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Noted jazz and pop record producer Thiele offers a chatty autobiography. Aided by record-business colleague Golden, Thiele traces his career from his start as a ``pubescent, novice jazz record producer'' in the 1940s through the '50s, when he headed Coral, Dot, and Roulette Records, and the '60s, when he worked for ABC and ran the famous Impulse! jazz label. At Coral, Thiele championed the work of ``hillbilly'' singer Buddy Holly, although the only sessions he produced with Holly were marred by saccharine strings. The producer specialized in more mainstream popsters like the irrepressibly perky Teresa Brewer (who later became his fourth wife) and the bubble-machine muzak-meister Lawrence Welk. At Dot, Thiele was instrumental in recording Jack Kerouac's famous beat- generation ramblings to jazz accompaniment (recordings that Dot's president found ``pornographic''), while also overseeing a steady stream of pop hits. He then moved to the Mafia-controlled Roulette label, where he observed the ``silk-suited, pinky-ringed'' entourage who frequented the label's offices. Incredibly, however, Thiele remembers the famously hard-nosed Morris Levy, who ran the label and was eventually convicted of extortion, as ``one of the kindest, most warm-hearted, and classiest music men I have ever known.'' At ABC/Impulse!, Thiele oversaw the classic recordings of John Coltrane, although he is the first to admit that Coltrane essentially produced his own sessions. Like many producers of the day, Thiele participated in the ownership of publishing rights to some of the songs he recorded; he makes no apology for this practice, which he calls ``entirely appropriate and without any ethical conflicts.'' A pleasant, if not exactly riveting, memoir that will be of most interest to those with a thirst for cocktail-hour stories of the record biz. (25 halftones, not seen)

Pub Date: May 1, 1995

ISBN: 0-19-508629-4

Page Count: 224

Publisher: Oxford Univ.

Review Posted Online: May 20, 2010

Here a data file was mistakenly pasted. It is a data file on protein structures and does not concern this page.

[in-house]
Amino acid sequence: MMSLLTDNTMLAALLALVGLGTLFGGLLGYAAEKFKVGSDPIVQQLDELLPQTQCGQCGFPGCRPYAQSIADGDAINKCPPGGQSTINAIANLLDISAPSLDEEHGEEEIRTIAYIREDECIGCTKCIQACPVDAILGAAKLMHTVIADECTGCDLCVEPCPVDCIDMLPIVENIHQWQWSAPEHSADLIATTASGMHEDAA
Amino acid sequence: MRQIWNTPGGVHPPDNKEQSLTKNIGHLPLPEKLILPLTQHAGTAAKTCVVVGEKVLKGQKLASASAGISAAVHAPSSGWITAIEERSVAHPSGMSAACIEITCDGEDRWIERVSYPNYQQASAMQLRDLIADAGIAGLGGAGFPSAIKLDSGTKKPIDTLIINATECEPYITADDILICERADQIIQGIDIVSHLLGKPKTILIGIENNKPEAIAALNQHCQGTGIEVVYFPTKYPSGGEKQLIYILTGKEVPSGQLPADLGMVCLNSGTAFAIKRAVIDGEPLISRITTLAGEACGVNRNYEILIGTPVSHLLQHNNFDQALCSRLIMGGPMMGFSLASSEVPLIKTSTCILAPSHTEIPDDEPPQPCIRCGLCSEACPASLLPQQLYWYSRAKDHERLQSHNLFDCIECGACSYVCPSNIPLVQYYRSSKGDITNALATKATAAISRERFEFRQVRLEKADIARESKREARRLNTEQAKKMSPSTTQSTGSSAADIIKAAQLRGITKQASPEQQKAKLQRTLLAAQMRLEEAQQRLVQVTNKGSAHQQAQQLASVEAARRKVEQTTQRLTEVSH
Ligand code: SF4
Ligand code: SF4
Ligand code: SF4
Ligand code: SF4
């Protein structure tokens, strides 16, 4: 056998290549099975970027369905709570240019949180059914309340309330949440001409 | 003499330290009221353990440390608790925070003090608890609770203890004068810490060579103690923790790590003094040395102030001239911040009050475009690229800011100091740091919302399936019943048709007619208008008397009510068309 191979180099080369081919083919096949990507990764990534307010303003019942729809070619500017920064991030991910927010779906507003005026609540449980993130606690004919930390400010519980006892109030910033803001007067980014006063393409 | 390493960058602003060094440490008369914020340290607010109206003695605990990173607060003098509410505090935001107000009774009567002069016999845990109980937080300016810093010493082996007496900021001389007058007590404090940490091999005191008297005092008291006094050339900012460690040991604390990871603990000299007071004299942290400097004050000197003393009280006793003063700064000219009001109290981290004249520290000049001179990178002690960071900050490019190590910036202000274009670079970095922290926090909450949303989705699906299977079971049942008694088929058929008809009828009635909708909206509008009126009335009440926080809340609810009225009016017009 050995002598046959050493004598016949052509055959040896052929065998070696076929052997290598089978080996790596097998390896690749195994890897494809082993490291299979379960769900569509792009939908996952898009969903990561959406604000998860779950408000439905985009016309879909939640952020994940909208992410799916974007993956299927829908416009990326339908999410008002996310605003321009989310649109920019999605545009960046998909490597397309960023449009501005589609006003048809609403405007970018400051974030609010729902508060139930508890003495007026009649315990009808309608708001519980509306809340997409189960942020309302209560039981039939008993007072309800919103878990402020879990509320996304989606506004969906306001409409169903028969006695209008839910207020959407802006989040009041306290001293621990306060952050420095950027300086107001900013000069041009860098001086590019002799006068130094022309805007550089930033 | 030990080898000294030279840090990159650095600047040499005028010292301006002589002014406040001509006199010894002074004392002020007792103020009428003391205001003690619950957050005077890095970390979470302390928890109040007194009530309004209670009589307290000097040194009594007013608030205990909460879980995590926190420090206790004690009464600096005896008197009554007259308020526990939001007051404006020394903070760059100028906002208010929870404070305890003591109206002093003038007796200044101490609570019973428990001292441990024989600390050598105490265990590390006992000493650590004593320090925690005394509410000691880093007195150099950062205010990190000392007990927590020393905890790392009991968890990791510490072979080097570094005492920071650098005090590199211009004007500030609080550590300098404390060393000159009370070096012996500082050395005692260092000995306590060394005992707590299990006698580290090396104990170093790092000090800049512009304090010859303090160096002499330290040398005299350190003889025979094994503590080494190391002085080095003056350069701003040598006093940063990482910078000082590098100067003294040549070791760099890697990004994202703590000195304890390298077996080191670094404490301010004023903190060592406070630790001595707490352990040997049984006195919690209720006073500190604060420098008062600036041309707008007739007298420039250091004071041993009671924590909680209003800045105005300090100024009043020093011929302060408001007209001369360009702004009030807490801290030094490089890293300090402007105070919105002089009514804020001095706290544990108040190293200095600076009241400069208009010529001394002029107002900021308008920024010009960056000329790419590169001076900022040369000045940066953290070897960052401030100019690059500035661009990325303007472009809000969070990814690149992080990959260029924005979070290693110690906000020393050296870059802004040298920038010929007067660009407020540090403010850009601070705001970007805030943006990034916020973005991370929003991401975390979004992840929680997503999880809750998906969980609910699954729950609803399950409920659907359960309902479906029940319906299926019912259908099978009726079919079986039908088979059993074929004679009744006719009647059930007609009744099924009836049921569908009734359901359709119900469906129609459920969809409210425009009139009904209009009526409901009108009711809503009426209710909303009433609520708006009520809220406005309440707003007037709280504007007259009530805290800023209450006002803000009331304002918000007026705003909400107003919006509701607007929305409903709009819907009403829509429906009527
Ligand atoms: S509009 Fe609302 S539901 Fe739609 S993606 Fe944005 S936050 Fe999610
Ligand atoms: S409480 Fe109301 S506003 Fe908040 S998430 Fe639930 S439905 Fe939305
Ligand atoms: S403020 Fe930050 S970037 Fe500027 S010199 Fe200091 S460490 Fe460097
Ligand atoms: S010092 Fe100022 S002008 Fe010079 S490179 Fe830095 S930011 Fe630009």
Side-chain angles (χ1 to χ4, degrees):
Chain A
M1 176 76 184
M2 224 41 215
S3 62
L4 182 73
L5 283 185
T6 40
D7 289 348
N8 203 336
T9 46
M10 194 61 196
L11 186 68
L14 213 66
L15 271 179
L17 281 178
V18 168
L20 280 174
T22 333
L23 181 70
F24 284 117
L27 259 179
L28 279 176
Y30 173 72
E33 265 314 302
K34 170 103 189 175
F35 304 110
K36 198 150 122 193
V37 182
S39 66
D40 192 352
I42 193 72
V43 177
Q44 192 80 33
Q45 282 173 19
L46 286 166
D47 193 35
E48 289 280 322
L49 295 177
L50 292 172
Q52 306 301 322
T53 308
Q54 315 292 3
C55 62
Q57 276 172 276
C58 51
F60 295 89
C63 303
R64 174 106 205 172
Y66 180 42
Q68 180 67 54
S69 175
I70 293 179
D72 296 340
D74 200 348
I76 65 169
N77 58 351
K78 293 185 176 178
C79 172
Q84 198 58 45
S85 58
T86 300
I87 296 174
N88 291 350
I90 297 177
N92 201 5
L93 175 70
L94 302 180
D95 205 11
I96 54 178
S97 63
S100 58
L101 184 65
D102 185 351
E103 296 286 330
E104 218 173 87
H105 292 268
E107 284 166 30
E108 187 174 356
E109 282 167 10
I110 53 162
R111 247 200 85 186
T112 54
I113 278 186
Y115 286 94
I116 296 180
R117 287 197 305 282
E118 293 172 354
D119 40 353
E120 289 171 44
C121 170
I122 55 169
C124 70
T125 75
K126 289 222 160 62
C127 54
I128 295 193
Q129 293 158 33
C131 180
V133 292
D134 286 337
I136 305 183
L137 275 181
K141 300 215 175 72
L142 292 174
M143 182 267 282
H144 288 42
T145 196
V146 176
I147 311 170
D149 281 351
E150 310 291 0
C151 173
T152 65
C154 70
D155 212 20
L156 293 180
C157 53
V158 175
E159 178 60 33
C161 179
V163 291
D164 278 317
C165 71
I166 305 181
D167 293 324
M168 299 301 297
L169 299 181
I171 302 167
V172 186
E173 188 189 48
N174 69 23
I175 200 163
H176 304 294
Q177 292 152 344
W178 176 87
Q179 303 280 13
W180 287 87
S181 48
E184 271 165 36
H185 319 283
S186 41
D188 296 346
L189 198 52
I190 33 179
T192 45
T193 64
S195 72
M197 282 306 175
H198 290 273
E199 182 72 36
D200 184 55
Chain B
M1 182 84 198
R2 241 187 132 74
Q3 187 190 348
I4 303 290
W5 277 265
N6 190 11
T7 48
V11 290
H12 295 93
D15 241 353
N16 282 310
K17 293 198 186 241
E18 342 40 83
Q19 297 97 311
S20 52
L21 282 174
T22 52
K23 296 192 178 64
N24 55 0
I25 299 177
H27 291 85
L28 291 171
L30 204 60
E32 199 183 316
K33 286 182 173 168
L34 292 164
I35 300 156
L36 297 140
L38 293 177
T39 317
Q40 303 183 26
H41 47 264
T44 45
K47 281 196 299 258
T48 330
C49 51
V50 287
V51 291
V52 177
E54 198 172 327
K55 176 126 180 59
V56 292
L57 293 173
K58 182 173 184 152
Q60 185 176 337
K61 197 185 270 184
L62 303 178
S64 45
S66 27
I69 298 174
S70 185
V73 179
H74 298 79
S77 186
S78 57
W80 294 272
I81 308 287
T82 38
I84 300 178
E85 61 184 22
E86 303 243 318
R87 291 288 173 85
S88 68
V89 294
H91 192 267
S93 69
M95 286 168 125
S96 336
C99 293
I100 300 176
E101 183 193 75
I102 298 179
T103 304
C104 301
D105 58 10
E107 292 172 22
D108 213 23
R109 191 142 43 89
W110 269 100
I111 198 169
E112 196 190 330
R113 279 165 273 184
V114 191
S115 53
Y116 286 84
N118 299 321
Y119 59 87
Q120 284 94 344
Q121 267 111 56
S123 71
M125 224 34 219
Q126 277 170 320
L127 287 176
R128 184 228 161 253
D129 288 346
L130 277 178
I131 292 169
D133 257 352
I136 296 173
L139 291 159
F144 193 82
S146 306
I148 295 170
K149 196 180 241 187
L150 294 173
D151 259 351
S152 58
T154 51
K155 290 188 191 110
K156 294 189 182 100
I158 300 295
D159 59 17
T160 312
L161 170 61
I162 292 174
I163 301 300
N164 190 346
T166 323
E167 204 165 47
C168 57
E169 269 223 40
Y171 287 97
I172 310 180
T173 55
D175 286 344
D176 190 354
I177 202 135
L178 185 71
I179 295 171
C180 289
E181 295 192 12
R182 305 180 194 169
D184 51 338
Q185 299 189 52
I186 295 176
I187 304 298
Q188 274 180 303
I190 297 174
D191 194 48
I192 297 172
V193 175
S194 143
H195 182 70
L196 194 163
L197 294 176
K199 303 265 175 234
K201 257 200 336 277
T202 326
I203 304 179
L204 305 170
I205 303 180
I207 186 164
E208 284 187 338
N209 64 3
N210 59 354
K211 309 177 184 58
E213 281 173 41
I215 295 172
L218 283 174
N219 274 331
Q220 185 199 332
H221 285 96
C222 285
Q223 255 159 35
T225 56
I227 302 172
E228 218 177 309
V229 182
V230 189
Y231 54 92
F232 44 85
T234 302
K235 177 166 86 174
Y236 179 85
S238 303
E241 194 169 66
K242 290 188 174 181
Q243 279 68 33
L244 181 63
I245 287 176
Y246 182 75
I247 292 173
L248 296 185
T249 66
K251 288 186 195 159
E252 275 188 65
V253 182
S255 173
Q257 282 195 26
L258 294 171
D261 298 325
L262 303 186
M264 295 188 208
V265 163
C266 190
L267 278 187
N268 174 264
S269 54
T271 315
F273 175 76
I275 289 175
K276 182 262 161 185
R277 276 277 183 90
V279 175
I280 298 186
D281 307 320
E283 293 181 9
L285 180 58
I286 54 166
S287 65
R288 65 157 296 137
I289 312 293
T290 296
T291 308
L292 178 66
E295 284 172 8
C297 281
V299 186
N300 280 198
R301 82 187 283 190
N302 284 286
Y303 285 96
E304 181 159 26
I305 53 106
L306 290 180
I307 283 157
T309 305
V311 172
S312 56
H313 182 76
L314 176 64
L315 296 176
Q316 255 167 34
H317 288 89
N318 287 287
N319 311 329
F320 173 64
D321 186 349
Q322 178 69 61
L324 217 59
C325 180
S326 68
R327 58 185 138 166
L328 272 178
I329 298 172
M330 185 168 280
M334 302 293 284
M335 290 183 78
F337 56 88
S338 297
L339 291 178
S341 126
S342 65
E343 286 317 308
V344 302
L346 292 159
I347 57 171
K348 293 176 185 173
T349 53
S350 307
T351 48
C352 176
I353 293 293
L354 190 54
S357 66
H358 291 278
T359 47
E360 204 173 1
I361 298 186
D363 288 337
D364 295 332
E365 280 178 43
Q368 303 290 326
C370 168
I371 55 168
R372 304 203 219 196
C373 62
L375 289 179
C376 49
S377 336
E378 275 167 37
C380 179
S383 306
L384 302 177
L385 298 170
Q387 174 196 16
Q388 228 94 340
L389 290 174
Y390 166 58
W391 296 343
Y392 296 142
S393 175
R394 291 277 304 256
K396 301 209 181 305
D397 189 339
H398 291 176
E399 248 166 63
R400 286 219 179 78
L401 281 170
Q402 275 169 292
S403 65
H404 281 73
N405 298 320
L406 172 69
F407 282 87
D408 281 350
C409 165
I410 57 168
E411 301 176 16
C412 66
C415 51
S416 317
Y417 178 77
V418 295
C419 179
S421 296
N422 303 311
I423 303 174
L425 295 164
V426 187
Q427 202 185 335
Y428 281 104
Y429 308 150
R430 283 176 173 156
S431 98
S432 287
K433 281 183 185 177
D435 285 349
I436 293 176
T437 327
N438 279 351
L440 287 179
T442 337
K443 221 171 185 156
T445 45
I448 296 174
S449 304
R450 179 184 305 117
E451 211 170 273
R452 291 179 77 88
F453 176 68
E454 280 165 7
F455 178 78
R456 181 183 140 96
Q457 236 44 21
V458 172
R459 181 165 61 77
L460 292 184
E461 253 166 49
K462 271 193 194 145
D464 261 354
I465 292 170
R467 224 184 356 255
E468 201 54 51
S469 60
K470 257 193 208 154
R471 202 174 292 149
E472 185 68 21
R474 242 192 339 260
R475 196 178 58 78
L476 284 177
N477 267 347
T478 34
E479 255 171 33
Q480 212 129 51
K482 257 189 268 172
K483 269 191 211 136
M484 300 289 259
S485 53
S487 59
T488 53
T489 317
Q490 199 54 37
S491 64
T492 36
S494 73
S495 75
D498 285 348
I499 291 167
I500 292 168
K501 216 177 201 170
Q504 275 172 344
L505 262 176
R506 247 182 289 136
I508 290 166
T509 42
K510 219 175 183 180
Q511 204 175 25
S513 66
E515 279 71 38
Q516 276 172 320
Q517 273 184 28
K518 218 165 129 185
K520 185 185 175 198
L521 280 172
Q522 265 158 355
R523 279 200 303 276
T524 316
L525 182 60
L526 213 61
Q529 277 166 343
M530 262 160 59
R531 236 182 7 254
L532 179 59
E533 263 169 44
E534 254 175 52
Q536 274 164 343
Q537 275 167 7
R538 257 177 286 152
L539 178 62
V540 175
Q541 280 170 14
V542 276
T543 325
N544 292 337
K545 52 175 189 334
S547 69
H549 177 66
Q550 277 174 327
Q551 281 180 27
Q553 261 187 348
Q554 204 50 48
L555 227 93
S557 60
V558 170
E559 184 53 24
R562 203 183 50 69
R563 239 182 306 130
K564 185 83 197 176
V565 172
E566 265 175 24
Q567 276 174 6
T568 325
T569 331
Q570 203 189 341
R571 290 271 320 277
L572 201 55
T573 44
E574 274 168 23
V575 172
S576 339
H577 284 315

Kirkus Reviews Issue: March 1, 1995

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With this detailed, versatile cookbook, readers can finally make Momofuku Milk Bar’s inventive, decadent desserts at home, or see what they’ve been missing.

In this successor to the Momofuku cookbook, Momofuku Milk Bar’s pastry chef hands over the keys to the restaurant group’s snack-food–based treats, which have had people lining up outside the door of the Manhattan bakery since it opened. The James Beard Award–nominated Tosi spares no detail, providing origin stories for her popular cookies, pies and ice-cream flavors. The recipes are meticulously outlined, with added tips on how to experiment with their format. After “understanding how we laid out this cookbook…you will be one of us,” writes the author. Still, it’s a bit more sophisticated than the typical Betty Crocker fare. In addition to a healthy stock of pretzels, cornflakes and, of course, milk powder, some recipes require readers to have feuilletine and citric acid handy, to perfect the art of quenelling. Acolytes should invest in a scale, thanks to Tosi’s preference of grams (“freedom measurements,” as the friendlier cups and spoons are called, are provided, but heavily frowned upon)—though it’s hard to be too pretentious when one of your main ingredients is Fruity Pebbles. A refreshing, youthful cookbook that will have readers happily indulging in a rising pastry-chef star’s widely appealing treats.    


Pub Date: Oct. 25, 2011

ISBN: 978-0-307-72049-8

Page Count: 256

Publisher: Clarkson Potter

Review Posted Online: Jan. 13, 2012

Kirkus Reviews Issue: Oct. 15, 2011